This article is about the termination of a strata tiles scheme or bylaw review process in WA, particularly after the amendment to the Strata Titles Act 1985.
Question: There is interest in selling our Perth strata complex to a developer, but there are 8 unit owners who stubbornly say they will never sell. Are there new Strata rules that allow for termination of schemes by a majority vote?
I am the owner of a Perth unit in a complex of 27 units. The whole complex is more than 50 years old and showing signs of ageing.
At Strata meetings, there is interest in selling the whole complex to a developer, but there are 8 unit owners who stubbornly say they will never sell. Can we force the issue? I was told the new Strata rules allow for termination of schemes by a majority vote. What is the legal position for termination of schemes?
Answer: Part 12 of the Act is quite detailed and fairly onerous.
Firstly, it’s always important to point out that section 91 (1) the general duties of the strata company require that they must keep in good service and repair, properly maintain and if necessary, renew and replace the common property. So there is a positive obligation for schemes to maintain their buildings.
By the sounds of it, this complex is now starting to show signs of its age and depending on where it’s located you may see that the underlying land value exceeds the gross realisation of the units.
The new legislation did introduce termination of schemes, Part 12 of the Act: Termination of strata titles scheme. It is quite detailed and fairly onerous. But it’s not a majority vote, it’s actually an 80% requirement that owners vote in favour. If there is 27 units, they need 22 units to vote in favour of the termination of the scheme. If there is a suggestion that there are eight units that stubbornly refuse not to sell, it would be very challenging for them to be able to achieve an outcome that sees the scheme terminated.
Ultimately, I think they need to get their 10 year maintenance plan undertaken, and look to get ahead of some of those maintenance issues that seemed to be a concern now. If you get a 10 year maintenance plan drawn up, it will draw the attention to how much money you’re needing to put into the reserve fund over the next five plus years.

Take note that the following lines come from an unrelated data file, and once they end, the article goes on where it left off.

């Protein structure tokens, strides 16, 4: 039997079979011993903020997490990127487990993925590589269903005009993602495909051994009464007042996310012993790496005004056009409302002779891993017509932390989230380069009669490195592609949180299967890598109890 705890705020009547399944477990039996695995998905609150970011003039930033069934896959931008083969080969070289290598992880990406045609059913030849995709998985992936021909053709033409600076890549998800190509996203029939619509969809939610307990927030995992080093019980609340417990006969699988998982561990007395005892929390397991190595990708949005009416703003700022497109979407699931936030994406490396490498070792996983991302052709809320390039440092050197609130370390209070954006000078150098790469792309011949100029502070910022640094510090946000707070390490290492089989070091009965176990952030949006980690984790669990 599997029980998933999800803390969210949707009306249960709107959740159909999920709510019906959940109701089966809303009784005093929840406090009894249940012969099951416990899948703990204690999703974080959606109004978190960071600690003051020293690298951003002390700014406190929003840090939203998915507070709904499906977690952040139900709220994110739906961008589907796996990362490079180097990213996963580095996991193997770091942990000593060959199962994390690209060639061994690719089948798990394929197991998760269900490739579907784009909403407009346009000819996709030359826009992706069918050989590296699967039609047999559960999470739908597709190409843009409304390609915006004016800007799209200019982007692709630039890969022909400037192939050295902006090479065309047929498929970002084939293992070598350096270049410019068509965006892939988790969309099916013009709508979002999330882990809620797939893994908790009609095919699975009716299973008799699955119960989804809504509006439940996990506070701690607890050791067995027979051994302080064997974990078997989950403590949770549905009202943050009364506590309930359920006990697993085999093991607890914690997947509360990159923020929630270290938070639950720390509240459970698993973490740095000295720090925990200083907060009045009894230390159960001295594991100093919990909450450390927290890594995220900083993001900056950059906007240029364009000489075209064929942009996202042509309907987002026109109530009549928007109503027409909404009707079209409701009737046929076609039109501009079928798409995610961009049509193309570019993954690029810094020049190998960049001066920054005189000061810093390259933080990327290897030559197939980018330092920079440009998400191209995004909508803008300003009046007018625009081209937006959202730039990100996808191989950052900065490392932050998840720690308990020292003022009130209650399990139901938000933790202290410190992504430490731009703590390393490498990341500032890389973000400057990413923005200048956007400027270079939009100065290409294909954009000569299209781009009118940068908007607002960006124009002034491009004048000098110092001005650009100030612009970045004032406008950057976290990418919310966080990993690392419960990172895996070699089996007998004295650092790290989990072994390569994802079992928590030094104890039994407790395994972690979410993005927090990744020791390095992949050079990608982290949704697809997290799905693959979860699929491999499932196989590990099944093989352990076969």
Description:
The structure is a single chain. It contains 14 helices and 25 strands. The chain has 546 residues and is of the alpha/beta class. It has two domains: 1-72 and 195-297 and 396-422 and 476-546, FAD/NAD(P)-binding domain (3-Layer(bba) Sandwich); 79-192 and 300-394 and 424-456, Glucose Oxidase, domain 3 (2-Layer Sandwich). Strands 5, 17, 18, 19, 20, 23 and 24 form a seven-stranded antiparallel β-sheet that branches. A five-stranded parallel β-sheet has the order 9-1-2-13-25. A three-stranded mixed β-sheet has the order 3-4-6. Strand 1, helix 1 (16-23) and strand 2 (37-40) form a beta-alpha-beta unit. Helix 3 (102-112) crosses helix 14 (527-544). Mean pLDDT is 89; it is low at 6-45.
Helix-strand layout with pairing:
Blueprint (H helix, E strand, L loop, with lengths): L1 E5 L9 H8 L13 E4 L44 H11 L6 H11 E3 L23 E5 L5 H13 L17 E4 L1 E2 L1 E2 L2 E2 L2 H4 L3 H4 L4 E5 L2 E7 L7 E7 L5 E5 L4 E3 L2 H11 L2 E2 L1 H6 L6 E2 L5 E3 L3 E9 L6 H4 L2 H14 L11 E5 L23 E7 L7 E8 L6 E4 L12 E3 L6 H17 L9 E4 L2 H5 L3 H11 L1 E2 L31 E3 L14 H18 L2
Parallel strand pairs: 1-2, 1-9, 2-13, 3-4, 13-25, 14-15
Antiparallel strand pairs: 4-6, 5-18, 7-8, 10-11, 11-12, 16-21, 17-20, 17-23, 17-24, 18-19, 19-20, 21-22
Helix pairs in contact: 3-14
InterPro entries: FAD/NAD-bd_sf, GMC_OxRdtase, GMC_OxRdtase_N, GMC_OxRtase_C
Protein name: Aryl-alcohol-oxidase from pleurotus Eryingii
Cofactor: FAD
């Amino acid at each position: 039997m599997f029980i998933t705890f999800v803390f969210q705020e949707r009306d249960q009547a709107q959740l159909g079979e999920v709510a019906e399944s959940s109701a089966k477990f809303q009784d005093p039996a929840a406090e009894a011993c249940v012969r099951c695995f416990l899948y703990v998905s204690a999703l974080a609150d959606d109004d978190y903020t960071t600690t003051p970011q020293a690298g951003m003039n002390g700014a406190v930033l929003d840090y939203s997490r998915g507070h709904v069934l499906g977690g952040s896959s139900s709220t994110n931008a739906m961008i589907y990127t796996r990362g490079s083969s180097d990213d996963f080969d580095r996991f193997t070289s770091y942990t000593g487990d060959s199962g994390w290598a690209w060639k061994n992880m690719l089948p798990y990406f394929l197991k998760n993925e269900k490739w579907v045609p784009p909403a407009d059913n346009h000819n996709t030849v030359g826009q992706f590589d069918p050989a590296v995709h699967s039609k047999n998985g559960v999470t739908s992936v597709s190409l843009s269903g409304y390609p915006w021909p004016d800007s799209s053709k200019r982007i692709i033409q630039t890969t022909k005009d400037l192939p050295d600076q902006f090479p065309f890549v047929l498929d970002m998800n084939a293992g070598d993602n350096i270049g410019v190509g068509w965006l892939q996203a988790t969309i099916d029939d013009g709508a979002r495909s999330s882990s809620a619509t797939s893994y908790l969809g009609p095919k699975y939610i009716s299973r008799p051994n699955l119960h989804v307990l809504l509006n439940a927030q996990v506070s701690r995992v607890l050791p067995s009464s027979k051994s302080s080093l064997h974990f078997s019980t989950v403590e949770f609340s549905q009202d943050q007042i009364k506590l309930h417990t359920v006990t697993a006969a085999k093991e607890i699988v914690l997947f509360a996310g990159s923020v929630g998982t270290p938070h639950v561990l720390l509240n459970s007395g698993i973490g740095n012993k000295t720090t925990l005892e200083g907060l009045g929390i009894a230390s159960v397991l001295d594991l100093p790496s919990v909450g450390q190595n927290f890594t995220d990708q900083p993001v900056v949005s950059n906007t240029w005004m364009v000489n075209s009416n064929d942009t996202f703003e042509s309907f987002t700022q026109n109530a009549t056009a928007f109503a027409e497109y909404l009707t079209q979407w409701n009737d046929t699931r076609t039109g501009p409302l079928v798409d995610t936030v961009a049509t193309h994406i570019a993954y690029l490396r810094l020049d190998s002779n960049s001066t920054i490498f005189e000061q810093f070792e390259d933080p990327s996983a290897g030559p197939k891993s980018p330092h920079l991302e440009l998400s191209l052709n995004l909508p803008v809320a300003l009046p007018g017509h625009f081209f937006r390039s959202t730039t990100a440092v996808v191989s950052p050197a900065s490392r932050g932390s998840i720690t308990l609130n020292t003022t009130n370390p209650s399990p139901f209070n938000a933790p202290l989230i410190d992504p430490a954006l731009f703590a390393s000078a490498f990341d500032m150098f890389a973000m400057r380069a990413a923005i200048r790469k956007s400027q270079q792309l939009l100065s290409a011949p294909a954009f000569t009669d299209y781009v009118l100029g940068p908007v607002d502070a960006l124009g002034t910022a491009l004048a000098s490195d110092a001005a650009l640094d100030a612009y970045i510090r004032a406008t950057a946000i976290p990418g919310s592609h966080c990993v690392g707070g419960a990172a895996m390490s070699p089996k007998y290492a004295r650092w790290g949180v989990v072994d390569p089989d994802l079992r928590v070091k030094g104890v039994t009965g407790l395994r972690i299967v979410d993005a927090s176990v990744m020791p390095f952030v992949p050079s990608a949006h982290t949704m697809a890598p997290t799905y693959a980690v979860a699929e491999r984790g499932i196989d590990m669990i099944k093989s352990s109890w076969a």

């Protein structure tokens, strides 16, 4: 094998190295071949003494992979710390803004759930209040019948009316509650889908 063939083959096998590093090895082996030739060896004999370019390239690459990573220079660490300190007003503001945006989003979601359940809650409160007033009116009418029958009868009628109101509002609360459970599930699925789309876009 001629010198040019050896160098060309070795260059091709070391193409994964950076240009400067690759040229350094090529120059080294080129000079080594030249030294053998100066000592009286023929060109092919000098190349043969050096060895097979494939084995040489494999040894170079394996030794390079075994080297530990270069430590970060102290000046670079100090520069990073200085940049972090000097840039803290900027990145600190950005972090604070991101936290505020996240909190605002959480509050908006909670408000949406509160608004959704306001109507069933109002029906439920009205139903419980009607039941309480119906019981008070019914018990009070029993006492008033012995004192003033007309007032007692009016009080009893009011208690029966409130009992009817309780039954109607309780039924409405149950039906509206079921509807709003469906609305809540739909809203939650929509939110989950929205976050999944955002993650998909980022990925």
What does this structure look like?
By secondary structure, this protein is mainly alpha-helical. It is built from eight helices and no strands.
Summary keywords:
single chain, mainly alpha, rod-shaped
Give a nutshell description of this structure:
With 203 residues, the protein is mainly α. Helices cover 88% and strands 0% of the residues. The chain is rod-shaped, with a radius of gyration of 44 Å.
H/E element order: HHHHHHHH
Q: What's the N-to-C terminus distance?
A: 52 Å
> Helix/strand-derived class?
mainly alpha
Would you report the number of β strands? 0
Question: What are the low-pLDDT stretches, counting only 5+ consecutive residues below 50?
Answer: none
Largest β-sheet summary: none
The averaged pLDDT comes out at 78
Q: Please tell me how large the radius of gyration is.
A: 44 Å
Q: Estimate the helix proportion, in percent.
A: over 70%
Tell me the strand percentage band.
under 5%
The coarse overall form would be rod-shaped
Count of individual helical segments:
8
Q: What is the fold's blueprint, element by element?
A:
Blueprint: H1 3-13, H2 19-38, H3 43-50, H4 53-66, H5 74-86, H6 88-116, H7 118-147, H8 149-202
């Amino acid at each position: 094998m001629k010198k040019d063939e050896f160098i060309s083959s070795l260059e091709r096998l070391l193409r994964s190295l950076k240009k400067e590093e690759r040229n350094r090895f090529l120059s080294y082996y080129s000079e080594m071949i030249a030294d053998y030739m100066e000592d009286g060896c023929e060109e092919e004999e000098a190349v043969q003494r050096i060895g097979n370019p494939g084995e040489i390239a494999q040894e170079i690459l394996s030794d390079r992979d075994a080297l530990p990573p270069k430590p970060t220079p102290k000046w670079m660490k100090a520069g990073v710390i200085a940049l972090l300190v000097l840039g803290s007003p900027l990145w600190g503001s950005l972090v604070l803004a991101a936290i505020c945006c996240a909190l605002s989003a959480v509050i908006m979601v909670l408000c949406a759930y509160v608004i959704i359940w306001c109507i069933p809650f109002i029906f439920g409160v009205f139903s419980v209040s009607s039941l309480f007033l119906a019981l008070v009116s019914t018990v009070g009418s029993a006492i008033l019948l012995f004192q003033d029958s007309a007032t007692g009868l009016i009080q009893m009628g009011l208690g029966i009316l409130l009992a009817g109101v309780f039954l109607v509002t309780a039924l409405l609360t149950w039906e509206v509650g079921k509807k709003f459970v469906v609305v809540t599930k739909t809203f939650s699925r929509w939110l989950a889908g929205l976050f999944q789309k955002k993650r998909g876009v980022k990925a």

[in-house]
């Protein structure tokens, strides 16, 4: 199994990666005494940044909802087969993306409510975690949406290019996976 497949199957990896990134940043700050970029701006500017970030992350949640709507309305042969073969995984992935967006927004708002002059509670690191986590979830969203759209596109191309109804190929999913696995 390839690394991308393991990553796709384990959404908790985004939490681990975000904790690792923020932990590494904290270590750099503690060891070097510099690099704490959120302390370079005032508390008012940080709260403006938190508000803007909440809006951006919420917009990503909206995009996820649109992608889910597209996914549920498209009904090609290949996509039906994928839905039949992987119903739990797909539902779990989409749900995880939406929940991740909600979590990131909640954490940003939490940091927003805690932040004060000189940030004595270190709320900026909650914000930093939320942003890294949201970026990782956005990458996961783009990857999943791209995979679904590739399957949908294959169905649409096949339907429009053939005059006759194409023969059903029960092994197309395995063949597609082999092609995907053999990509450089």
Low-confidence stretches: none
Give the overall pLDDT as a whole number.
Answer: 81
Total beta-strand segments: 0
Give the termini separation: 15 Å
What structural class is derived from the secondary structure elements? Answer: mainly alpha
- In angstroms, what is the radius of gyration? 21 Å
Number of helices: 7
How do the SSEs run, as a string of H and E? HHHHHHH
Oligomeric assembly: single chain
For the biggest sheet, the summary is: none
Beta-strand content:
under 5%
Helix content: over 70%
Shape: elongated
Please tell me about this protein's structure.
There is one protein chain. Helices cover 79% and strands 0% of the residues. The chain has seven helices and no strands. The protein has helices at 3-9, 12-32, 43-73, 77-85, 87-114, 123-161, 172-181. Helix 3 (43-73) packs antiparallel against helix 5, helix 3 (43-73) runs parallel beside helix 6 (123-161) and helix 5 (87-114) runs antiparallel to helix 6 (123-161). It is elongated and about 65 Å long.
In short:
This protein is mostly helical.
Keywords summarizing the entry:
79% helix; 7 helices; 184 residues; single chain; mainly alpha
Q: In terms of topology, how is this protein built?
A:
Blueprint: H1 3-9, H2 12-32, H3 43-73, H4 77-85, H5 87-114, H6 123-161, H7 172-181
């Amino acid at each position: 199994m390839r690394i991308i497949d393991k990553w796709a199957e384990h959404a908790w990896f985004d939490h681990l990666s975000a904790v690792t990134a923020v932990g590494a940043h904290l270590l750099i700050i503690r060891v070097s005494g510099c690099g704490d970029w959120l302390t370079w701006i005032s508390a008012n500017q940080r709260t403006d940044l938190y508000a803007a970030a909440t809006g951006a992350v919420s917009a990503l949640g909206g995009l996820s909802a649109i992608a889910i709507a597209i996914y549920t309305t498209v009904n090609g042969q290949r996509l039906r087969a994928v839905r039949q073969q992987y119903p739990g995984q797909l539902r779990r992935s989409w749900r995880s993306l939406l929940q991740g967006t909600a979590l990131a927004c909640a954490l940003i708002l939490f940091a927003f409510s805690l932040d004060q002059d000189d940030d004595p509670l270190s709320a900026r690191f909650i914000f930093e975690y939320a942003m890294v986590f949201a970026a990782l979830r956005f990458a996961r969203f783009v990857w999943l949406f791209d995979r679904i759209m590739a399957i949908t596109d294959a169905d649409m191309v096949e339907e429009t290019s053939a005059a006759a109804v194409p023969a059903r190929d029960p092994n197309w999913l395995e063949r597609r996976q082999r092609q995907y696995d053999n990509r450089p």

It’s certainly a big debate with some of our older schemes that we’re seeing right now. Particularly in the western suburbs were you have such a high land value. We are having these discussions with our owners on a very regular basis about what their strategic plan should be going forward, particularly when they do get a 10 year maintenance plan and there might only be eight lots and yet you’ve got concrete cancer, and you’ve got subsidence and some of these very expensive maintenance issues that need to be addressed.
Owners are now starting to question ‘Do we want to have to keep contributing $100,000 a year and a reserve fund for such a small scheme? Or do we now have to think about realising the underlying land value and potentially terminating the scheme and and moving on?’
This post appears in the July 2021 edition of The WA Strata Magazine.
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- WA: Leasehold Strata Schemes: an Introduction
- WA: Section 110 (Previously s43) of the Strata Titles Amendment Act 2018
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